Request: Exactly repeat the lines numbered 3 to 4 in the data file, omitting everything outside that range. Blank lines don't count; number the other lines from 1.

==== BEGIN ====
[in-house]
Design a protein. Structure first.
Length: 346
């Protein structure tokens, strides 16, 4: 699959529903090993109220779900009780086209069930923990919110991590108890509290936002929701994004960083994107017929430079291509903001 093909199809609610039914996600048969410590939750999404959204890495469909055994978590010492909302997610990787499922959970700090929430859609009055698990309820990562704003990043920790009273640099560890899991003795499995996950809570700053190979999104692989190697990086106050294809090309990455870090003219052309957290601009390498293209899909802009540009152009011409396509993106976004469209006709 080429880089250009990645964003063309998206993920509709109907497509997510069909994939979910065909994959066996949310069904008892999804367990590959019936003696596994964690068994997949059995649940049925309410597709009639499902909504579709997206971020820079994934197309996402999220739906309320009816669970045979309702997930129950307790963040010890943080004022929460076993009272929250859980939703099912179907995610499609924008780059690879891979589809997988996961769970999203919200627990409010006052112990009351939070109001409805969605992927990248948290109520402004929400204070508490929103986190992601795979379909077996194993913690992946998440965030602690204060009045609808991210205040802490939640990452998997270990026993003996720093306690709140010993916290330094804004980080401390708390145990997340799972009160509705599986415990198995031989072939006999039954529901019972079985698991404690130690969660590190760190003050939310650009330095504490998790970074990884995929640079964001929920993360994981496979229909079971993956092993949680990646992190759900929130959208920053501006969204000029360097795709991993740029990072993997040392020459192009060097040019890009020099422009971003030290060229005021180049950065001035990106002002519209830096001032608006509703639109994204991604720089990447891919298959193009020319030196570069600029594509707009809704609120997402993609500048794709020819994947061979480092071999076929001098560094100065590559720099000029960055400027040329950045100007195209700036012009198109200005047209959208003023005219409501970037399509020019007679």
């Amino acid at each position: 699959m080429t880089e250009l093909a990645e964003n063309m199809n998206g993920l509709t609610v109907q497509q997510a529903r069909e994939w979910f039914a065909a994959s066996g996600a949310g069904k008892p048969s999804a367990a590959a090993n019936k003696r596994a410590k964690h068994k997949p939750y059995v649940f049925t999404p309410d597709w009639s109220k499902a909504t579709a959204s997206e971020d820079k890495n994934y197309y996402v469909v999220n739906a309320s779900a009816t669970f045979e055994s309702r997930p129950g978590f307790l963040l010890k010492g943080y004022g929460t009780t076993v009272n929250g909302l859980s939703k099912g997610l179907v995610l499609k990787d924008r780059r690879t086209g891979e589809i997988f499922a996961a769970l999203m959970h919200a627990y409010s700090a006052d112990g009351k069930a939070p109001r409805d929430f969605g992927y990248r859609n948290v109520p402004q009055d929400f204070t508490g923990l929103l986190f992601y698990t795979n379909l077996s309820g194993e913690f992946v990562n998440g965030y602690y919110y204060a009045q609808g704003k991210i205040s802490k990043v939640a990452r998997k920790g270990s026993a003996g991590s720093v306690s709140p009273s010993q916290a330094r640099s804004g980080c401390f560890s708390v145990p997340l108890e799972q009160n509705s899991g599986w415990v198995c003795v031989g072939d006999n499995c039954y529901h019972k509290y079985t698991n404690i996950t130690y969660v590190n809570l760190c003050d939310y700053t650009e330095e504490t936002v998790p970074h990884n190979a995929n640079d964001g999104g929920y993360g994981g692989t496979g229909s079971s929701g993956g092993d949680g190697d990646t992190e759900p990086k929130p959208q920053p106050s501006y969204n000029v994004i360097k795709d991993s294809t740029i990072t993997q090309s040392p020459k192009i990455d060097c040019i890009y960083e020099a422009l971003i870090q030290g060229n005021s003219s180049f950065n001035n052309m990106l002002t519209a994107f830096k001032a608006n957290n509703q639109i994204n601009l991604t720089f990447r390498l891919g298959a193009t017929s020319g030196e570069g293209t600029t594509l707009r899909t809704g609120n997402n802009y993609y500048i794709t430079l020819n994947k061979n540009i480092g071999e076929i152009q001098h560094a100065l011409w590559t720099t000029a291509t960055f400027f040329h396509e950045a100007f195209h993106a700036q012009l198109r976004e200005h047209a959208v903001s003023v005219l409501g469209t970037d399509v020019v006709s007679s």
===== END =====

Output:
Length: 346
């Protein structure tokens, strides 16, 4: 699959529903090993109220779900009780086209069930923990919110991590108890509290936002929701994004960083994107017929430079291509903001 093909199809609610039914996600048969410590939750999404959204890495469909055994978590010492909302997610990787499922959970700090929430859609009055698990309820990562704003990043920790009273640099560890899991003795499995996950809570700053190979999104692989190697990086106050294809090309990455870090003219052309957290601009390498293209899909802009540009152009011409396509993106976004469209006709 080429880089250009990645964003063309998206993920509709109907497509997510069909994939979910065909994959066996949310069904008892999804367990590959019936003696596994964690068994997949059995649940049925309410597709009639499902909504579709997206971020820079994934197309996402999220739906309320009816669970045979309702997930129950307790963040010890943080004022929460076993009272929250859980939703099912179907995610499609924008780059690879891979589809997988996961769970999203919200627990409010006052112990009351939070109001409805969605992927990248948290109520402004929400204070508490929103986190992601795979379909077996194993913690992946998440965030602690204060009045609808991210205040802490939640990452998997270990026993003996720093306690709140010993916290330094804004980080401390708390145990997340799972009160509705599986415990198995031989072939006999039954529901019972079985698991404690130690969660590190760190003050939310650009330095504490998790970074990884995929640079964001929920993360994981496979229909079971993956092993949680990646992190759900929130959208920053501006969204000029360097795709991993740029990072993997040392020459192009060097040019890009020099422009971003030290060229005021180049950065001035990106002002519209830096001032608006509703639109994204991604720089990447891919298959193009020319030196570069600029594509707009809704609120997402993609500048794709020819994947061979480092071999076929001098560094100065590559720099000029960055400027040329950045100007195209700036012009198109200005047209959208003023005219409501970037399509020019007679």